Biomass harvesting on the Highways England estate

30th March 2016

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Tim Jones, senior environmental consultant, CH2M outlines how it has helped Highways England trial biomass harvesting on its estate.

A key debate in our current time is how to create a more resilient natural environment that supports our society in the context of climate change. Management of the land owned by Highways England beyond the edge of carriageway can contribute to this goal.

A-one+, a joint venture between CH2M, Colas and Costain, is the managing agent contractor for a section of Highways England’s network known as Area 12, which covers 354km of motorways and 349km of trunk roads in Yorkshire and Lincolnshire. It is trialling use the 1,778 hectares of soft estate in Area 12 as a biomass resource converting low grade timber into wood chip to provide sustainable, low carbon fuel for heat production. These woodland assets have been historically undermanaged and their economic potential untapped.

Innovative approach

A-one+ is leading the way in developing a financially and environmentally sustainable model for the management of the Highways England soft estate, in which innovative harvesting, extraction and haulage methods in the highway environment are being implemented. Prior to this trial, no biomass had been extracted from Highways England woodlands to produce renewable energy and this source will create an as yet untapped income stream and offers the environmental benefits of effective woodland management. The trial also provides data that can be used to value the wooded estate as an asset, previously deemed an intangible figure and provides a meaningful biomass dataset that can be extrapolated on a national scale.

Environmental benefits

There are considerable environmental benefits to the biomass harvesting approach. Managing the land in this way increases the potential for renewable energy, in which the woodland resource generates wood fuel as a substitute for high carbon footprint materials. Managing the woodland also enhances the potential for plants growing on the woodland floor, diversifies species composition, removes old trees and produces a more open and attractive woodland. It also contributes to enhancing carbon storage, and opening up watercourses which improves its ecological condition and bank stability. Biomass combustion also produces less ash than coal and reduces ash disposal costs and landfill space requirements.

No landscape contractor had previously approached Highways England with a view to extracting this material from site, due to the low volumes produced in isolated areas and a perceived difficulty in extracting biomass from the motorway environment. As a result, arisings from woodland activities have traditionally been felled and left in situ.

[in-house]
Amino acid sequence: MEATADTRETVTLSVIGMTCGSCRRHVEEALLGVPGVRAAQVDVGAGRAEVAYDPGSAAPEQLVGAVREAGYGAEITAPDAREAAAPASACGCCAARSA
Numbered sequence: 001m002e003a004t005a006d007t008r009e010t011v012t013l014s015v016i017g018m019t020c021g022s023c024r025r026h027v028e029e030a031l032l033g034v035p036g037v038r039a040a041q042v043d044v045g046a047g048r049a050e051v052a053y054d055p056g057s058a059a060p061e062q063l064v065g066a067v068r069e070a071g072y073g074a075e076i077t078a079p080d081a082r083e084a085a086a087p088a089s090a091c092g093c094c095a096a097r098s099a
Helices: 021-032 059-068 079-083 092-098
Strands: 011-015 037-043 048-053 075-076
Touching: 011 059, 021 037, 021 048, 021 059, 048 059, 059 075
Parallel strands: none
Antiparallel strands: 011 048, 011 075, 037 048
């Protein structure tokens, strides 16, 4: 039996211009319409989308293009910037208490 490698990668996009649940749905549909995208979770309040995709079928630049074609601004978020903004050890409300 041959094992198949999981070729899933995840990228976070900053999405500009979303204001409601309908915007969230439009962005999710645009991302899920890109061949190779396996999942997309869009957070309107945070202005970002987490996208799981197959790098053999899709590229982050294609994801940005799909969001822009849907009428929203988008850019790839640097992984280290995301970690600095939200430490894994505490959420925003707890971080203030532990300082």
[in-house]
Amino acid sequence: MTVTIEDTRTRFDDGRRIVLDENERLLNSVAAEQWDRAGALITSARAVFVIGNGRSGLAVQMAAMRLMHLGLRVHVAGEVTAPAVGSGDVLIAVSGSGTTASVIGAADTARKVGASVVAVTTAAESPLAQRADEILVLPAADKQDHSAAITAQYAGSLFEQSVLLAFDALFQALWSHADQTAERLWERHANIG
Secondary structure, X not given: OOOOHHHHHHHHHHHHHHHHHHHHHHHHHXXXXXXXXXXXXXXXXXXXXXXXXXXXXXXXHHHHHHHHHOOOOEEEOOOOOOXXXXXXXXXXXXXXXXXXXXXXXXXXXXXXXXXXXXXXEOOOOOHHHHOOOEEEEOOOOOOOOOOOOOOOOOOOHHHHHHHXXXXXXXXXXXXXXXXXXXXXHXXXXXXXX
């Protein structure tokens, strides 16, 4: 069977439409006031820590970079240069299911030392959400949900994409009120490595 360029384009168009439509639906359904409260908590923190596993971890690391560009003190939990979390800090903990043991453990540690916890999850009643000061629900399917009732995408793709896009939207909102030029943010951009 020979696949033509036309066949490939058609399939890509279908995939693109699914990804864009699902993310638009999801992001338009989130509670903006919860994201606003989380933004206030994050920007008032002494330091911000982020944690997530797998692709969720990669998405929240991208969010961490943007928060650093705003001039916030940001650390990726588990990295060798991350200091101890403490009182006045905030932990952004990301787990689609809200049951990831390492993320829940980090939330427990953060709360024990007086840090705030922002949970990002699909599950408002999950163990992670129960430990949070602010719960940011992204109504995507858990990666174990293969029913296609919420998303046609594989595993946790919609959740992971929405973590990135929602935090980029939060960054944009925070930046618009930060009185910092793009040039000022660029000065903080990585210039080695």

As part of the trial, Forestry Commission felling licences were granted for each of the selected sites and ecological walkovers were undertaken at each location to identify site constraints and appropriate methods of working and on-site supervision requirements.

A study was then undertaken to review the scope of possible works and estimate potential biomass harvest. Over 150 plots larger than 1ha were identified in Area 12, predicted to generate 4,349 tonnes of biomass on the basis of a 35% thin (with an assumption of 170m2 generating 1 tonne of biomass). On completion of the study, four of the woodland plots were selected following detailed analysis of individual plot characteristics – size, age of tree stock, thinning potential and access.

Early contractor involvement with supply chain partners proved invaluable providing recommendations on the plant requirements, production and productivity rates, yield for each plot and identifying end users. This information was then used to enable A-one+ to have a meaningful discussion with Highways England, satisfy their procurement process and ultimately fund the project.


Tree felling commenced in January 2015 on the selected plots and felled timber was extracted to the verge where it was separated into firewood and timber for chipping. Biomass is a growing market for all wood products, driven by government subsidies. A-one+ has demonstrated that biomass harvesting is a sustainable model that can be implemented nationally. The local small-to-medium scale biomass heat market (firewood, woodchip and pellets) is one which will grow in significance and provide an important market for the timber coming out of England’s undermanaged woodland resource. The economics of thinning and harvesting are becoming much more attractive for owners and viable for contractors. This trial has also contributed to the Humberhead Levels Nature Improvement Area project which is an example of working in partnership with adjacent landowners and leads to larger biomass yields.

Best value and overall cost benefit

Ultimately, there needs to be an incentive for timber to be extracted as biomass. During the trial, 1,424 tonnes of biomass has been generated with a value of approximately £42,000. The success of the trial was echoed by the Area 12 horticultural manager, who said: ‘the biomass trial was successfully completed to time and budget through innovative construction techniques and collaborative working, highlighted by the project being shortlisted for project of the year at the Constructing Excellence Yorkshire and Humber Awards 2015.’


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